Supporting Adolescent Technology Use

Supporting Technology Use in Adolescents

Smartphones are a crucial part of how many people stay connected. Due to adolescent’s psychological need to be social, finding ways to engage with peers is important (Hamilton). Applications used on devices (smartphones, tablets, computers) allow for a modification to physical interactions. By using smartphones, people can video chat, communicate through social media, and play interactive video games. Through social media, school aged children find ways to stay connected with friends and family. Adolescents can interact by commenting on posts made by friends, using messaging options or playing interactive games.

Time spent in front of a device doesn’t have to be a negative experience for an adolescent. The quality of content examined while using social media is more significant than the time spent in front of a smartphone (Hamilton). By using hashtags and the search options, one can find articles or related posts relevant to something that might be a difficult topic to discuss in person. For example, it is a positive experience if a resource or a piece of information found on social media can help reduce stress (Festl). Also, using the sites for national or worldwide news can keep adolescents informed about unforgettable historical events (Hamilton).

Because these moments in history can be tragic, it is important that adolescents are viewing accurate information. Social network sites can provide correct and unbiased news that can help shape the minds of children. Making sure that the adolescent knows how to successfully navigate through the misinformed data will be an important lesson (Hamiltion). Teach the teenager how to check for credible sources. If the adolescent does come across something that is derogatory to a certain group of people, this might be a good time to have an open discussion about factual and historical events.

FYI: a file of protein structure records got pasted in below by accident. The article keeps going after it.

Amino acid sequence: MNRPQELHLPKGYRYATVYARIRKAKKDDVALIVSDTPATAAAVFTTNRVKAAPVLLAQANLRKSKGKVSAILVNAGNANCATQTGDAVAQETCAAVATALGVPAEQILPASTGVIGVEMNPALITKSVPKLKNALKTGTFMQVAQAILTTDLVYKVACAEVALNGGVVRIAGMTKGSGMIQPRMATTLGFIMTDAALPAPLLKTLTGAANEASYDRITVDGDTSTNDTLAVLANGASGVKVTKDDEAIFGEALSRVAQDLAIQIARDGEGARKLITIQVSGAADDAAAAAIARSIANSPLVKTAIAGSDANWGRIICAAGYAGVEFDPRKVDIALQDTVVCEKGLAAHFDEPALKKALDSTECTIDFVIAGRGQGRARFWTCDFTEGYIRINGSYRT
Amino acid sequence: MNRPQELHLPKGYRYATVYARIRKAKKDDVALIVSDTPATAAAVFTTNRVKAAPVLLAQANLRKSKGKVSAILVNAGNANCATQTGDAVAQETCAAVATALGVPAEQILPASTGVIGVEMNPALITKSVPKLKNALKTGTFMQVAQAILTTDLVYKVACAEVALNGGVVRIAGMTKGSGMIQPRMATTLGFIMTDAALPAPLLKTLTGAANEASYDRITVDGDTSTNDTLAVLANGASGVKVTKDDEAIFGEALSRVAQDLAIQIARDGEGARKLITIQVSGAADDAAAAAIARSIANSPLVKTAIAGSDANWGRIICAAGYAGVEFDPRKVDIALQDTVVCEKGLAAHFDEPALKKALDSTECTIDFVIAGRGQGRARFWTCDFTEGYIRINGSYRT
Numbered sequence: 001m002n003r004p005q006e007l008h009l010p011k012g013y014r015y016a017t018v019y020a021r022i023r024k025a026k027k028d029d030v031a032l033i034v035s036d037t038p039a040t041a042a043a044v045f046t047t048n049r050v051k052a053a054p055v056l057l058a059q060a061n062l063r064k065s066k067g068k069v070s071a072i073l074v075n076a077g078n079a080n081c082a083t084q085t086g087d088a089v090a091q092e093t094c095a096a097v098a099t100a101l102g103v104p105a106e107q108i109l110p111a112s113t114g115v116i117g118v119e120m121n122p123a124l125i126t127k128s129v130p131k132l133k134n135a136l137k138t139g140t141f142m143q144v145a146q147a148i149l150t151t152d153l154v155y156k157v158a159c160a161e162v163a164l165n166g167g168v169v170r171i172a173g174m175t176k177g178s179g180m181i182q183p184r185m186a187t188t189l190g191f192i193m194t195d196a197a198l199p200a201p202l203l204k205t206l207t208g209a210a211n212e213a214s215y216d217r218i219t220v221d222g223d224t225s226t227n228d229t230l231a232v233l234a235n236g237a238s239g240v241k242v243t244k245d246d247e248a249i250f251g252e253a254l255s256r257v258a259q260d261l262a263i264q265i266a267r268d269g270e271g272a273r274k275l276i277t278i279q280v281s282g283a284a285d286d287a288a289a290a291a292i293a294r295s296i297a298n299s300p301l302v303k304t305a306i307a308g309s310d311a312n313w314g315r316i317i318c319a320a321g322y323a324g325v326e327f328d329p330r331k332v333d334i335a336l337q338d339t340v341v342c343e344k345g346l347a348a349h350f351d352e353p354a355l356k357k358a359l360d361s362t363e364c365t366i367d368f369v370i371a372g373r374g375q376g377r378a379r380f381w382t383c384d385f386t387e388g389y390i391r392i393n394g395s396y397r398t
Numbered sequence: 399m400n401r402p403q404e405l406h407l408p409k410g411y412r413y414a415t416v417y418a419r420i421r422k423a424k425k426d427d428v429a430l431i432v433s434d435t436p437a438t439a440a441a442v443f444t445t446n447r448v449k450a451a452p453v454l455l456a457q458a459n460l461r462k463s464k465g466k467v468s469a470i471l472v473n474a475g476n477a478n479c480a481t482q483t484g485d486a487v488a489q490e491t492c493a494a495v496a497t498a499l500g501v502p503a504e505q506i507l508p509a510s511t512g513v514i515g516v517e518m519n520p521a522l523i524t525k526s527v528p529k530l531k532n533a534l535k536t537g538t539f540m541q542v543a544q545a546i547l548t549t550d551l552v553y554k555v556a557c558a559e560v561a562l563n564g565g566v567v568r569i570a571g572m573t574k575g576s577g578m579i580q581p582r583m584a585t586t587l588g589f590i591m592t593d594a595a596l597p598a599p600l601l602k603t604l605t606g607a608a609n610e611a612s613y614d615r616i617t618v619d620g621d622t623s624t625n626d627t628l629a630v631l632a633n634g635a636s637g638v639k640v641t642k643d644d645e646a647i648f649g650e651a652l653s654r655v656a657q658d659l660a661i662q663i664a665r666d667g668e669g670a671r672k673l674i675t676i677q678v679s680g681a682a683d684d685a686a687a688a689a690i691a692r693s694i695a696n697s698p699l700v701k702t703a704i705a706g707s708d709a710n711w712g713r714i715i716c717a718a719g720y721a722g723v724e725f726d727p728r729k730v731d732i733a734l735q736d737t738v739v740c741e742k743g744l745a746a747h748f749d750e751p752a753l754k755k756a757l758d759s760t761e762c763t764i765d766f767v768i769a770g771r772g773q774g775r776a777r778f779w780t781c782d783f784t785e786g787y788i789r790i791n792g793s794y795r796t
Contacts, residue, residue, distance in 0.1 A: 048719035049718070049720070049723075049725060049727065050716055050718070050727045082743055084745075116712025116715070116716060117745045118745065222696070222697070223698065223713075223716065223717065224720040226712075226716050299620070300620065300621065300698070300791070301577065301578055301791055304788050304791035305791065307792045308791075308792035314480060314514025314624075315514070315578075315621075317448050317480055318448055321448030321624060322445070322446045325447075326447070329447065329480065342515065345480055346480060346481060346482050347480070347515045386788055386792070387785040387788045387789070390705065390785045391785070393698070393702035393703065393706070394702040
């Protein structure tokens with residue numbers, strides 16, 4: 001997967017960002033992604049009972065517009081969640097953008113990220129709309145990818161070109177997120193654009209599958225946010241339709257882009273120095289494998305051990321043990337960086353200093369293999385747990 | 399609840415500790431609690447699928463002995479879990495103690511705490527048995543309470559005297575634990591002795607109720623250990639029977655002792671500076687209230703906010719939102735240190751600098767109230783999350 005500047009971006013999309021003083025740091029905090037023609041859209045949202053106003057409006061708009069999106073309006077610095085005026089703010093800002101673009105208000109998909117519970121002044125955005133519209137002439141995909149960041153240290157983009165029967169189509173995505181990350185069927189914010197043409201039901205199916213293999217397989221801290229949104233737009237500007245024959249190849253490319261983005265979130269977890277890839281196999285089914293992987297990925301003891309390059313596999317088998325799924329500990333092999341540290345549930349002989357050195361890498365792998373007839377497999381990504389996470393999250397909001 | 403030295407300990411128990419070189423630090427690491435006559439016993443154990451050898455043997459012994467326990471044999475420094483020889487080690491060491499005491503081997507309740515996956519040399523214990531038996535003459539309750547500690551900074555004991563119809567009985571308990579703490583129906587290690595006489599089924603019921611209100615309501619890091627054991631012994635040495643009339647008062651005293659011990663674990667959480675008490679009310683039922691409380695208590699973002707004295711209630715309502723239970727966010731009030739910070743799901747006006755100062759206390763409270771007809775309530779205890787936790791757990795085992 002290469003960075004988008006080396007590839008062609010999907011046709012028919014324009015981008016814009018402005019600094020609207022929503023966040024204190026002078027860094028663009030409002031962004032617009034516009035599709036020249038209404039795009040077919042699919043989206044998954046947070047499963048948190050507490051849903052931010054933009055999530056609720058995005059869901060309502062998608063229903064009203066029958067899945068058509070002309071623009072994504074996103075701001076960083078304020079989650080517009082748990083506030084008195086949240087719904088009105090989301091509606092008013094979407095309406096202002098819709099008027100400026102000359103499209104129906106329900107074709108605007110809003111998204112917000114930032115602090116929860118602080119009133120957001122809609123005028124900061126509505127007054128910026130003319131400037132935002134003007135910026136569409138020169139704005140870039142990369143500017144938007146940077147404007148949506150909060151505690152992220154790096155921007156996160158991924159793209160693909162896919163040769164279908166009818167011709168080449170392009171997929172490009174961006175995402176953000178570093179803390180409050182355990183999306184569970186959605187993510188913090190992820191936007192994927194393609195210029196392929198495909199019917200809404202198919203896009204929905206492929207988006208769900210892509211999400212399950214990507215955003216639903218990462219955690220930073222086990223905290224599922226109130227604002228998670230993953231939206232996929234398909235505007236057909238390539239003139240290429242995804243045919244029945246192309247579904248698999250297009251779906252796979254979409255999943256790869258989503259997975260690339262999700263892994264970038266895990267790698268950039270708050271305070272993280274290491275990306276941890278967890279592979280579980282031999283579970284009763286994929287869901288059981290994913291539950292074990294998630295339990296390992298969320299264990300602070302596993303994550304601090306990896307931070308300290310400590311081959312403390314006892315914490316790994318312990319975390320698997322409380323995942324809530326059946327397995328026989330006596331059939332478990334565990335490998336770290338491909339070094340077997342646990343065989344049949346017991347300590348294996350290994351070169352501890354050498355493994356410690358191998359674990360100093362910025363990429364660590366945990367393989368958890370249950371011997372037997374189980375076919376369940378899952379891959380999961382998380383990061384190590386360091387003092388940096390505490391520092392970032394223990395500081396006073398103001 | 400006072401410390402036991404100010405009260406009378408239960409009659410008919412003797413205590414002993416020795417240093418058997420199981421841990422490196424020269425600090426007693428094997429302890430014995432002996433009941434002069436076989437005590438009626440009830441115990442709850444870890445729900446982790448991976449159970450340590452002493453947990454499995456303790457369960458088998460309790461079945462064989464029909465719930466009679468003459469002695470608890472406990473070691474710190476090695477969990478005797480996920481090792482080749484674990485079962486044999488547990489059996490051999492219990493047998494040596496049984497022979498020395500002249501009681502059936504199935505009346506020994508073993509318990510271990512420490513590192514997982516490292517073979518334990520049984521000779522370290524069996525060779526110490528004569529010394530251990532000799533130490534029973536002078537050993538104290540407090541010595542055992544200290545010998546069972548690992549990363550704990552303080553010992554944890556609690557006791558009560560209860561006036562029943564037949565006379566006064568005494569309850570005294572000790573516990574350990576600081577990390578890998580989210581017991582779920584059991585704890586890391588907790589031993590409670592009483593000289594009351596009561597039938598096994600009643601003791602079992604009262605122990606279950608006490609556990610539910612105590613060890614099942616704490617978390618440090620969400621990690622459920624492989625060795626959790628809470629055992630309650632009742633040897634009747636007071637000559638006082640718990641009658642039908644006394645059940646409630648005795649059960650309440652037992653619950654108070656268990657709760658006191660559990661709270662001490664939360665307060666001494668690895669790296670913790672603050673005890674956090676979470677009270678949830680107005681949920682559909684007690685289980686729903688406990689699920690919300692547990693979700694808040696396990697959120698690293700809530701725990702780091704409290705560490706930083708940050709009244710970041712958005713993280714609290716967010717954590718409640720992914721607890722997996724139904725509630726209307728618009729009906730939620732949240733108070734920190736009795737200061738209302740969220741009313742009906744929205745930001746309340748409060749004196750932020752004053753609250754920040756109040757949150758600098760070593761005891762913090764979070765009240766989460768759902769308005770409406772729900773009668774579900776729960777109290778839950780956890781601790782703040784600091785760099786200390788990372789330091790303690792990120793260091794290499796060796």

The social network sites also give people the chance to use creativity to express feelings and talent (Festl). Creating memes/videos, choreographing a dance, or writing a passage are examples of using social media as a creative outlet. Many people were seeking ways to reduce stress or anxiety due to events such as the recent pandemic, riots, elections, etc. Outlets such as social media gave teenagers a way to express feelings surrounding these events. There are different ways to express how one feels and finding a productive method could be found through these sites.

Adults and teenagers can work together to make screen time more productive for everyone. As a caregiver, the more information that is known about certain applications, the easier it will be to understand a child’s desire for social media. Have an open conversation about the sites and ask how to use the applications (Hamilton). The teenager could exhibit a sense of pride knowing that teaching someone helped mitigate a situation. Downloading the applications with the adolescent and figuring out the features together can help strengthen a relationship by creating a mutual bond. Many of these social media sites have options where restrictions can be placed including the amount of time spent on the site, blocking certain posts from coming onto personal pages or blocking certain people from any contact. Modeling social media usage in the teenager’s presence will help enforce expectations (Hamilton).

If the hope for a child is to reduce the use of social network sites, then the caregiver also must model this behavior. The limits that are put on the teenager will have more of an impact if they are followed by the adults as well. One of the best techniques for teaching is modeling the behavior that is desired. Using social media can also help regulate a young adult’s time (Festl). If there is a restriction of the amount of time on these sites, then the child needs to regulate how to use that time. Planning time away from the screen can be productive and a lesson of independence. A plan for the rest of the day can be put in place by the adolescent. Self-regulation is a skill that is required throughout adulthood and can be practiced by using and taking breaks from social media.

Using social media provides a platform for a teenager’s creativity while feeding psychological needs. Skills such as self-regulation are practiced while the child has limits on smartphone usage. Smartphones can have a positive impact on adolescents if the use is productive.

Works Cited

Hamilton, Jessica L. et al. “Teens and Social Media During the COVID-19 Pandemic: Staying Socially Connected While Physically Distant.” (April 2020).

Festl, Ruth. et al. (2020) “Do Smartphones and Social Network Sites Become More Important When Experiencing Stress? Results From Longitudinal Data.” Computers in Human Behavior, vol. 109 (August 2020).

About the Author

Saniyyah Khalilallah worked in a Montessori classroom for over a decade, first as an assistant and then later as a certified guide (Primary, 3 – 6 years). Now, she is writing books for children, consulting and tutoring. Contact her at or

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